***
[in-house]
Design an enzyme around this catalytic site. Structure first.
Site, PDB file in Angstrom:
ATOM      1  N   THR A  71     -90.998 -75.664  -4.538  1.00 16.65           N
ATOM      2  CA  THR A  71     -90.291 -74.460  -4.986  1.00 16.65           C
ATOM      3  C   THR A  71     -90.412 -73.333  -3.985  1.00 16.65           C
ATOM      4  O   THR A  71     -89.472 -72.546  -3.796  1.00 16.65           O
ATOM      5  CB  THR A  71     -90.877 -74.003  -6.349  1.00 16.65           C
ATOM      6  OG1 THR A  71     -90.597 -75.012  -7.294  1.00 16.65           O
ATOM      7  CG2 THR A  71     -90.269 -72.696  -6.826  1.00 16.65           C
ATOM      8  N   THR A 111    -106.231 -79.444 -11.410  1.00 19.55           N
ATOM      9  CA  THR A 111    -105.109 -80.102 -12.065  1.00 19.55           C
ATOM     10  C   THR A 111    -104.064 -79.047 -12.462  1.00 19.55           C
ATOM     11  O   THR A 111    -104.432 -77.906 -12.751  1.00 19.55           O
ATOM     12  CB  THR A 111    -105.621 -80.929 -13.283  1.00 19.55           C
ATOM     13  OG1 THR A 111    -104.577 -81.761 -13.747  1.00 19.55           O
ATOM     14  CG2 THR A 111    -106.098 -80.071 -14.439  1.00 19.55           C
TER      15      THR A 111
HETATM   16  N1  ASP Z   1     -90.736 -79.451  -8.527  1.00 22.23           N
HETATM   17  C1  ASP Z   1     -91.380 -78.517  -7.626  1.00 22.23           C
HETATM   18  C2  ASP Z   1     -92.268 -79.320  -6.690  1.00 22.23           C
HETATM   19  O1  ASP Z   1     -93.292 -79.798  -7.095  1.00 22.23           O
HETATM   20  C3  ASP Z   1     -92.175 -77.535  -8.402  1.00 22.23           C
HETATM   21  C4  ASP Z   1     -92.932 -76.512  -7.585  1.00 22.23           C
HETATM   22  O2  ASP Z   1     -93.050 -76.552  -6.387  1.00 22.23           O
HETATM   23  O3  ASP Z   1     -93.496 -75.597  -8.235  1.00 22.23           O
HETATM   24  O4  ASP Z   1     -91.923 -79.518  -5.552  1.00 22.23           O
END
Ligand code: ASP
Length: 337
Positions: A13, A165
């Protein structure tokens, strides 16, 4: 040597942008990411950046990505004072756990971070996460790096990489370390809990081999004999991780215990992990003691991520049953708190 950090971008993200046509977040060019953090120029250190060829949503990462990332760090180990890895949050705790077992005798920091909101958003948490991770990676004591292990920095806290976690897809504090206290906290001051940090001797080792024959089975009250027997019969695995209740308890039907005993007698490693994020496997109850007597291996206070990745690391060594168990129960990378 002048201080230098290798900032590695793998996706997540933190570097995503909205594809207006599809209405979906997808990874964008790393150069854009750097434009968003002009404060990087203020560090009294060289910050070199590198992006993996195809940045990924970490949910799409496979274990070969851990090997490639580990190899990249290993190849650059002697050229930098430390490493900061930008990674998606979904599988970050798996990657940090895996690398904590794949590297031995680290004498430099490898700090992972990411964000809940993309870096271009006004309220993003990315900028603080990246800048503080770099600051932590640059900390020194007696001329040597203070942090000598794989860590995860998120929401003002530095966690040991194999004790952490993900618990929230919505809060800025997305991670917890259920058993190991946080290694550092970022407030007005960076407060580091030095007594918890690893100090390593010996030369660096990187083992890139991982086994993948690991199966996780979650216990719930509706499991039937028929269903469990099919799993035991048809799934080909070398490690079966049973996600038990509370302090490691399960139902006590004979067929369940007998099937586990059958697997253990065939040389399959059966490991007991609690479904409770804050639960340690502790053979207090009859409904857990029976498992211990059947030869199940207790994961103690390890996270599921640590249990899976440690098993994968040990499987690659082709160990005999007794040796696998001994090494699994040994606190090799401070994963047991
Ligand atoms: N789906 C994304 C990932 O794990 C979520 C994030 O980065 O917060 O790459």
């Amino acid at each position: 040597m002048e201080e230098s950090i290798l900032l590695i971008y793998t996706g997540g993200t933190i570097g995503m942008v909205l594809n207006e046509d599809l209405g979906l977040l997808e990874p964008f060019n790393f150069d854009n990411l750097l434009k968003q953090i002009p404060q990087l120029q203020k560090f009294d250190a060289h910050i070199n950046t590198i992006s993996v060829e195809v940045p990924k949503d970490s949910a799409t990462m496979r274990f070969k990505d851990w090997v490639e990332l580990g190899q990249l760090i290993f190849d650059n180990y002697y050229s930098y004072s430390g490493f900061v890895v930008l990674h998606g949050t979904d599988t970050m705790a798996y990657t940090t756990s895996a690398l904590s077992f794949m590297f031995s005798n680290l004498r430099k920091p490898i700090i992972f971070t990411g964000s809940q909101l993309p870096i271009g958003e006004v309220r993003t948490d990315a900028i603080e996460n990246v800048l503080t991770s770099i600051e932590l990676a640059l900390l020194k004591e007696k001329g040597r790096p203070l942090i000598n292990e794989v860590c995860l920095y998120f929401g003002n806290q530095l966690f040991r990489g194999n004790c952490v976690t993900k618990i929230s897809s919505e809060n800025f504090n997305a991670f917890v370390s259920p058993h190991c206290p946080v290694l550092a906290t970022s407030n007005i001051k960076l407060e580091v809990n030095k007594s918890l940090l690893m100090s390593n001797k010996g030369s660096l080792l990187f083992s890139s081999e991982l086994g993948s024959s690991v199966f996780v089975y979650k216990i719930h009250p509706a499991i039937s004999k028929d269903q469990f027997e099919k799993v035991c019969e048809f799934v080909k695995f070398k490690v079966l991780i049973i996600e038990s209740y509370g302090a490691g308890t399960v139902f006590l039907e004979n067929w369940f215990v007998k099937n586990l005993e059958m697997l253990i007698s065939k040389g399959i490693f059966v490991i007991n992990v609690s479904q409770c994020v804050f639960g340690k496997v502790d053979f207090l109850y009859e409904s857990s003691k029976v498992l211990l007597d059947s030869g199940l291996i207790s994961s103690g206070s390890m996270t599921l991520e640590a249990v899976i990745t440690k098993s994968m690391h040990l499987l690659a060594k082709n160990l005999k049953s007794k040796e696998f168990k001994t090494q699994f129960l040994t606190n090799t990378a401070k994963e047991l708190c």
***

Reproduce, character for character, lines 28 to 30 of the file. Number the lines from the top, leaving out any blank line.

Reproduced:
END
Ligand code: ASP
Length: 337